This study was funded by grants from the Gill Foundation and the University Committee on Research and Scholarship of the University of Vermont. The authors gratefully acknowledge the support of Vermont State Representative Bill Lippert for supporting the study, and the Vermont Office of Vital Records of the Vermont Department of Health for providing the civil union certificates.
The Longest “Legal” U.S. Same-Sex Couples Reflect on Their Relationships
Version of Record online: 10 JUN 2011
© 2011 The Society for the Psychological Study of Social Issues
Journal of Social Issues
Volume 67, Issue 2, pages 302–315, June 2011
How to Cite
Rothblum, E. D., Balsam, K. F. and Solomon, S. E. (2011), The Longest “Legal” U.S. Same-Sex Couples Reflect on Their Relationships. Journal of Social Issues, 67: 302–315. doi: 10.1111/j.1540-4560.2011.01699.x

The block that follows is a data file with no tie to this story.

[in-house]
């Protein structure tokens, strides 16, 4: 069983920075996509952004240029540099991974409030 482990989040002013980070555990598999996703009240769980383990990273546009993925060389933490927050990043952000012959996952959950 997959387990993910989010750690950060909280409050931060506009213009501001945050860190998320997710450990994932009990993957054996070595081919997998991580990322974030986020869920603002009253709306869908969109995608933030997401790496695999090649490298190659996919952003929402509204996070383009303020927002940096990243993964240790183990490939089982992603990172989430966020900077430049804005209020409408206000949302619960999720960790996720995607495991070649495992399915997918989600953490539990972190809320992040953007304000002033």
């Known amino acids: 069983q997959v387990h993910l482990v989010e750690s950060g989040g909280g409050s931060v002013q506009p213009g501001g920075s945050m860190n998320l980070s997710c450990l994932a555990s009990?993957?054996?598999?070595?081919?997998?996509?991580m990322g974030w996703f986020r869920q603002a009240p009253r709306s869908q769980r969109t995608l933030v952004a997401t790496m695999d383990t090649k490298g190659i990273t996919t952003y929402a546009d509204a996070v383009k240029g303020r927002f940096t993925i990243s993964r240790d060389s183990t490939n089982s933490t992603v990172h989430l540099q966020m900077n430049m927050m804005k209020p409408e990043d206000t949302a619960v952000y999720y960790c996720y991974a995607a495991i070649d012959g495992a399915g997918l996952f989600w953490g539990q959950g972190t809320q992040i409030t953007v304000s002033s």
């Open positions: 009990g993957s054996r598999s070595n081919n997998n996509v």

- Issue online: 10 JUN 2011
- Version of Record online: 10 JUN 2011
Vermont was the first U.S. state to create a legal status for same-sex couples (civil unions). Same-sex couples who entered into civil unions during the first year of availability were asked to reflect on their relationship 3 years later. Written essays from 452 members of civil union couples were analyzed via thematic analysis. Most couple members considered the civil union to be highly significant, providing increased benefits and legitimacy. Some couple members did not consider the civil union to be as significant; they mentioned that civil unions were not the same as marriage, did not reflect the longevity of their relationship, or that their family of origin was still unsupportive. Some couple members got involved in political action to legalize their relationship and some had since gotten married in Canada, Massachusetts, or elsewhere. The implications of these findings for understanding minority stress, relationship investment, and future directions are discussed.